As digital innovation has exploded, so has the amount of data that enterprises create. In an effort to wrangle this data into a more usable format, organizations have tried to collect and unify it in a single repository. But it is unrealistic to think that you will be able to collect and keep every piece of data in one place, all the time.
Data fabric offers a unique approach to harnessing this explosion of data across the enterprise. Data fabric is an architecture layer and tool set that connects data across disparate systems to create a unified view. With a data fabric you can leave your current data sources in place and let the data fabric connect them. You access the data as if it’s local, while the data fabric keeps source systems updated in real-time.
Data fabrics do this with a virtualized data layer that sits over your current systems to connect them together. For this reason, a data fabric approach allows you to combine business data in entirely new ways. This solution to longtime data integration woes can significantly speed up development work and help your business meet digital transformation goals.
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A data fabric is used to connect disparate data sets sitting inside organizational data silos. It’s common across enterprises to have large, inflexible data silos in many business units. That’s challenging when cross-departmental use cases require you to use data across these silos to achieve business outcomes. These desired outcomes could be building powerful new applications, driving greater efficiencies through process improvements, modernizing legacy solutions, or strengthening governance and compliance.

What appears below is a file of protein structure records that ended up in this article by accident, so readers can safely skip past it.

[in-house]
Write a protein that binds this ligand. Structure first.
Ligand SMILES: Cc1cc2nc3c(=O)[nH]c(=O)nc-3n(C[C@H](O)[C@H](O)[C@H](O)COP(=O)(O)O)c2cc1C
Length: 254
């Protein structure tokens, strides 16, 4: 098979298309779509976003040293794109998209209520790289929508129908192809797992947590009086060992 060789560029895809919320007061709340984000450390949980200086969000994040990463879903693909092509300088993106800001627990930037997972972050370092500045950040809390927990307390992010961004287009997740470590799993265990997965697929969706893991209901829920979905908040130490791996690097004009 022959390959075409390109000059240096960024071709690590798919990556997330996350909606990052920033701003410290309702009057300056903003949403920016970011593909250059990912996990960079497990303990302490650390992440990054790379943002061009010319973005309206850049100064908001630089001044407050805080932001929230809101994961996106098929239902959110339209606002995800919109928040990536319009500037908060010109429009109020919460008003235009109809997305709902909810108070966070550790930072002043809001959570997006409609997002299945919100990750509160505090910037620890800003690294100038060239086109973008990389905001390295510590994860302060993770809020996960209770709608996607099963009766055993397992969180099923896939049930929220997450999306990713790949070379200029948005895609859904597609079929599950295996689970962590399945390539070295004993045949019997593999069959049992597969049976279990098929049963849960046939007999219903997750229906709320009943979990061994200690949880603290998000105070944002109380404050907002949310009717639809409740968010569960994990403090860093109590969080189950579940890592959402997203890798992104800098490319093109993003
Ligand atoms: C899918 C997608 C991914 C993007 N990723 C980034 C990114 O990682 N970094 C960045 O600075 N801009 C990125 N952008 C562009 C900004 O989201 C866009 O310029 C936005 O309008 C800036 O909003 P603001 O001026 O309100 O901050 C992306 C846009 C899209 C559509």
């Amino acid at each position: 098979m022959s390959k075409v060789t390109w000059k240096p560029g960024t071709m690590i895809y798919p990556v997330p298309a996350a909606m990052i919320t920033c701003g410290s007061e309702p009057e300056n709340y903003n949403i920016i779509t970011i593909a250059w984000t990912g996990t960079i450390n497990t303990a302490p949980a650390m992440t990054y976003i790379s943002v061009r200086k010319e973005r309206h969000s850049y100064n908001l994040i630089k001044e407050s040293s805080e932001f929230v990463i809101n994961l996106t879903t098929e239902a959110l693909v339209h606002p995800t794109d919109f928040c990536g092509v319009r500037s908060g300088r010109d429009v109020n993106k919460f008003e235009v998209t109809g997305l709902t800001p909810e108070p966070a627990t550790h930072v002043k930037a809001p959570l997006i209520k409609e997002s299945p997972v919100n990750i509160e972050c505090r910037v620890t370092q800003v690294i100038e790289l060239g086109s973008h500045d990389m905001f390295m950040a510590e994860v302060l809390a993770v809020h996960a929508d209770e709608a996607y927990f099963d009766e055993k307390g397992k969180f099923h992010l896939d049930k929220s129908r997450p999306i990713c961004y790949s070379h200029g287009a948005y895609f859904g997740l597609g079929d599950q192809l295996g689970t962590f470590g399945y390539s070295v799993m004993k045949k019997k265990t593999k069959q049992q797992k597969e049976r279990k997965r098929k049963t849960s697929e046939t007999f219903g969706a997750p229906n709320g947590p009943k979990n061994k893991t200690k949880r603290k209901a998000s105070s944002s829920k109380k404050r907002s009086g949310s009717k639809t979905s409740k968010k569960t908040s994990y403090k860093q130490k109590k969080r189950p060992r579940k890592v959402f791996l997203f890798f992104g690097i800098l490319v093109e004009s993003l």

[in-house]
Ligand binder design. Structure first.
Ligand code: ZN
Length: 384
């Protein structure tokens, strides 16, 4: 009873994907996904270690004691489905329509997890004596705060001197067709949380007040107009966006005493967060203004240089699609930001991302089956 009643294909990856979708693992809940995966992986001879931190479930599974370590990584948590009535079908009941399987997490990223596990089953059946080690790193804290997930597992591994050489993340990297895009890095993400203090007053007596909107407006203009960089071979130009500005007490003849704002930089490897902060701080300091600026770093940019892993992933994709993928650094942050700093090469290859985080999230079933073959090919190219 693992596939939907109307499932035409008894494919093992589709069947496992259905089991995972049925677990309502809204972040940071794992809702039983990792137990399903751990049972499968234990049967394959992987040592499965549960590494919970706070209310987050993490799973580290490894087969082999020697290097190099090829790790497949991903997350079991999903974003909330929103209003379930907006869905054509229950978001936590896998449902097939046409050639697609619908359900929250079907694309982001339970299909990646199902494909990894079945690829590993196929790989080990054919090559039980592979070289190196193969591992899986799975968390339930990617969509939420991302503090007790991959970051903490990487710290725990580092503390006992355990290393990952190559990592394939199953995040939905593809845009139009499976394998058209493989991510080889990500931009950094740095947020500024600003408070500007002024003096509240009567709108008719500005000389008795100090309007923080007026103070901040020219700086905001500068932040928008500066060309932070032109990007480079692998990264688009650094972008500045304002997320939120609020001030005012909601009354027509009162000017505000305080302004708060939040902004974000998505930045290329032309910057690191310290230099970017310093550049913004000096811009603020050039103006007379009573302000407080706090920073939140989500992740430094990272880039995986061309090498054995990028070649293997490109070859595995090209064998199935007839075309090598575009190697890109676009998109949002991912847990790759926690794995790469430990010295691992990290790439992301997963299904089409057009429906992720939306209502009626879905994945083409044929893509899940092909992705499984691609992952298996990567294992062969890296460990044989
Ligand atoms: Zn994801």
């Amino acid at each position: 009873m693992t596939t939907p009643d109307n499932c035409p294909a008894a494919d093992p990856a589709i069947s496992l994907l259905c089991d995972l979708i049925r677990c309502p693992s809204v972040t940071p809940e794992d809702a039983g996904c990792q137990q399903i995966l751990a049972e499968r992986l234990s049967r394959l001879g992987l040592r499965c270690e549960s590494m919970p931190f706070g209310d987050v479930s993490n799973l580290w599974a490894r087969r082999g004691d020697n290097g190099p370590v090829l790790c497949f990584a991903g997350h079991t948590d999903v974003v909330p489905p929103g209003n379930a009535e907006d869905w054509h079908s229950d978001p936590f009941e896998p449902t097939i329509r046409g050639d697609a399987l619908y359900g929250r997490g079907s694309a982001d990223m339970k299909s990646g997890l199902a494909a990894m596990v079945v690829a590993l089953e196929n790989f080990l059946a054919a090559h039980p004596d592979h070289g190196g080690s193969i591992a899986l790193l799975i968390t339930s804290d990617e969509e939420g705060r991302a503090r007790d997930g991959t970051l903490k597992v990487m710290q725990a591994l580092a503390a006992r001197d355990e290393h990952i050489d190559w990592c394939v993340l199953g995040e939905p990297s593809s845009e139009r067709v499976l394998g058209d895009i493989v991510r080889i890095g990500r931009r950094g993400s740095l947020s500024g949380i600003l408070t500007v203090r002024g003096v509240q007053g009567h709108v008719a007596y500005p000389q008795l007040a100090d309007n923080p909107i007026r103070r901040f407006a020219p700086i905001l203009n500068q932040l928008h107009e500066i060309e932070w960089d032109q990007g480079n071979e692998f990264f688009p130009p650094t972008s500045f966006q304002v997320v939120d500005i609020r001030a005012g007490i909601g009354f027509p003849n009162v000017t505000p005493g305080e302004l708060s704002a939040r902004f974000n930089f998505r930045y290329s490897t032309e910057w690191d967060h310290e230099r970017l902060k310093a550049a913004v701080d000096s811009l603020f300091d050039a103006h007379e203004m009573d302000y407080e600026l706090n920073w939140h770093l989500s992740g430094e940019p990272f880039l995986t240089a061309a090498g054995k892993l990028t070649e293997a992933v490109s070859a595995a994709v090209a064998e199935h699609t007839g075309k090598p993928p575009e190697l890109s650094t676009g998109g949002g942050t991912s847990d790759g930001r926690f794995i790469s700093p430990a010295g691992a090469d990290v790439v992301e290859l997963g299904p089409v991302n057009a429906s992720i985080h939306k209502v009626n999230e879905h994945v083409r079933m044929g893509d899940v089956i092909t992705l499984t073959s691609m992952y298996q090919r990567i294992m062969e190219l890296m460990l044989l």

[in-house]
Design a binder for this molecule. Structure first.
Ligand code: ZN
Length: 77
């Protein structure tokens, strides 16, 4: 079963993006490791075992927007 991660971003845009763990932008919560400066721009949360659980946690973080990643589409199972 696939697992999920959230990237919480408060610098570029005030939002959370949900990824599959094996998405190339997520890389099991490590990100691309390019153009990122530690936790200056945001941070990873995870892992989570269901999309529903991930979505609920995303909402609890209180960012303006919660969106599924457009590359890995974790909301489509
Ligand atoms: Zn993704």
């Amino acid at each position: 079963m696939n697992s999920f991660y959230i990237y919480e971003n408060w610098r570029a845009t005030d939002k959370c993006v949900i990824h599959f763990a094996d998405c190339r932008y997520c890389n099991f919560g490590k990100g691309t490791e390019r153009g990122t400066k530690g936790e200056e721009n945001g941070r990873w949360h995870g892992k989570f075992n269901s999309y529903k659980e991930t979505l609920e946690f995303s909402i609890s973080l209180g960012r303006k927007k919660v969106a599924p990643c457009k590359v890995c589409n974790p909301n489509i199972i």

This is where a data fabric comes into play. In the past, organizations would consider undergoing a massive data warehouse migration to collect structured data into a single place or using a data lake, where you could dump massive amounts of unstructured data. In both cases, you’d be relying on ETL/ELT tools that end up duplicating large amounts of data and lead to stale data when processing in batches.
[ Want to demystify data terms and explain them to others? Read our related article: Data Fabric vs. Data Mesh vs. Data Lake. ]
A data fabric takes the unique approach of keeping data where it is. No migration or futile attempts to get everything into one spot. Instead, a data fabric sits on top of these systems and stitches them together into a centralized platform with a virtualized data layer. This virtualized model provides you with real-time data from connected systems and the ability to create, read, update, and delete (CRUD) any part of the data set from wherever you’re leveraging it.
The term “data fabric” can refer to both the tool itself or the architectural layer where you use a data orchestration toolset. Both are correct, but let’s add some important context.
When talking about data fabric as an architectural layer, you are usually referring to the back-end engine(s) that powers the data connection. This architecture is doing things like keeping track of the connections to data sources, syncing data, tuning it, optimizations, storage, etc.